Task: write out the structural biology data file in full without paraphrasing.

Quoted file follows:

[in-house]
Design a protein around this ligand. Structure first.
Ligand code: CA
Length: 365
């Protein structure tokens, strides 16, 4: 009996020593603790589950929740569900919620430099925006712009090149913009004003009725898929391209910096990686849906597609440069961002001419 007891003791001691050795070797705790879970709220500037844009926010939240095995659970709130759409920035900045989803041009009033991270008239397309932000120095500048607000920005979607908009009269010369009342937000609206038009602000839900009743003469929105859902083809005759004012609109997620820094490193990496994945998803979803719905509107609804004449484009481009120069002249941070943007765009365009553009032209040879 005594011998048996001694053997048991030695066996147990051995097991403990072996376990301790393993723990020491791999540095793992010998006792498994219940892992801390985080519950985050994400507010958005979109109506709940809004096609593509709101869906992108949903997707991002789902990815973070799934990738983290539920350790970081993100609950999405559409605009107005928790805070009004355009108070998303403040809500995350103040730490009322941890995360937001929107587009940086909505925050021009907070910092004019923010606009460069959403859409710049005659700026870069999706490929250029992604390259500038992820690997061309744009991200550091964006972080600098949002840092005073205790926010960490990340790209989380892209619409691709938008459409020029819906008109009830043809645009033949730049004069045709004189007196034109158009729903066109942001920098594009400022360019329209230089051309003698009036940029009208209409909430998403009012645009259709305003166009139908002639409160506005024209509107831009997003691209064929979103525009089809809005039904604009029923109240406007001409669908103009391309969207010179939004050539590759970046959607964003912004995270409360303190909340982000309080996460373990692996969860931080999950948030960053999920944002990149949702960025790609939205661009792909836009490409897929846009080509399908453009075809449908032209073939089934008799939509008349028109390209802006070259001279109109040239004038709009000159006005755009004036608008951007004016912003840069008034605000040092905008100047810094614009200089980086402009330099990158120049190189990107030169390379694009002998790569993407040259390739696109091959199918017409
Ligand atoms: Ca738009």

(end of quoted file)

[in-house]
Design a protein around this ligand. Structure first.
Ligand code: CA
Length: 365
């Protein structure tokens, strides 16, 4: 009996020593603790589950929740569900919620430099925006712009090149913009004003009725898929391209910096990686849906597609440069961002001419 007891003791001691050795070797705790879970709220500037844009926010939240095995659970709130759409920035900045989803041009009033991270008239397309932000120095500048607000920005979607908009009269010369009342937000609206038009602000839900009743003469929105859902083809005759004012609109997620820094490193990496994945998803979803719905509107609804004449484009481009120069002249941070943007765009365009553009032209040879 005594011998048996001694053997048991030695066996147990051995097991403990072996376990301790393993723990020491791999540095793992010998006792498994219940892992801390985080519950985050994400507010958005979109109506709940809004096609593509709101869906992108949903997707991002789902990815973070799934990738983290539920350790970081993100609950999405559409605009107005928790805070009004355009108070998303403040809500995350103040730490009322941890995360937001929107587009940086909505925050021009907070910092004019923010606009460069959403859409710049005659700026870069999706490929250029992604390259500038992820690997061309744009991200550091964006972080600098949002840092005073205790926010960490990340790209989380892209619409691709938008459409020029819906008109009830043809645009033949730049004069045709004189007196034109158009729903066109942001920098594009400022360019329209230089051309003698009036940029009208209409909430998403009012645009259709305003166009139908002639409160506005024209509107831009997003691209064929979103525009089809809005039904604009029923109240406007001409669908103009391309969207010179939004050539590759970046959607964003912004995270409360303190909340982000309080996460373990692996969860931080999950948030960053999920944002990149949702960025790609939205661009792909836009490409897929846009080509399908453009075809449908032209073939089934008799939509008349028109390209802006070259001279109109040239004038709009000159006005755009004036608008951007004016912003840069008034605000040092905008100047810094614009200089980086402009330099990158120049190189990107030169390379694009002998790569993407040259390739696109091959199918017409
Ligand atoms: Ca738009």